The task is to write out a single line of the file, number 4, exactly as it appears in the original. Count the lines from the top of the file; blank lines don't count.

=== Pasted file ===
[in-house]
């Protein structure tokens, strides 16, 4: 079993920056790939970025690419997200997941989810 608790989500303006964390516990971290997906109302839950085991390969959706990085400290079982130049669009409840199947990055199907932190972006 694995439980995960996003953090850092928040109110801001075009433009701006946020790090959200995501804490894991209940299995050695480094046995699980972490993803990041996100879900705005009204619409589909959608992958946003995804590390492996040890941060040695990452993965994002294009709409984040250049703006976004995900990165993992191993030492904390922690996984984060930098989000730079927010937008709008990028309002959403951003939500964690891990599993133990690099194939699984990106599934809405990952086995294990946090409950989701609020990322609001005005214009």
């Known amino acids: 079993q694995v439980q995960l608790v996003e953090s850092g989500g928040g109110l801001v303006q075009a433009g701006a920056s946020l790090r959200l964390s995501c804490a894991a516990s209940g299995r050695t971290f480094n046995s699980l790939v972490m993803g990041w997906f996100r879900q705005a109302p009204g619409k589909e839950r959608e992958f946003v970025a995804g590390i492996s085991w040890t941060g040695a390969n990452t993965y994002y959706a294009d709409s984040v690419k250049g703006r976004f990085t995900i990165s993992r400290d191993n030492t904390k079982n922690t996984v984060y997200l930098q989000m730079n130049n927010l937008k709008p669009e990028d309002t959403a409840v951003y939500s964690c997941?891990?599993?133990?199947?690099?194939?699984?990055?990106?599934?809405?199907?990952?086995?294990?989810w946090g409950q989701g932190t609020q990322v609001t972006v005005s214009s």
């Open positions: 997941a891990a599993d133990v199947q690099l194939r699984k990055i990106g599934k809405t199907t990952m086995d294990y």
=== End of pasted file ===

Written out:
């Open positions: 997941a891990a599993d133990v199947q690099l194939r699984k990055i990106g599934k809405t199907t990952m086995d294990y």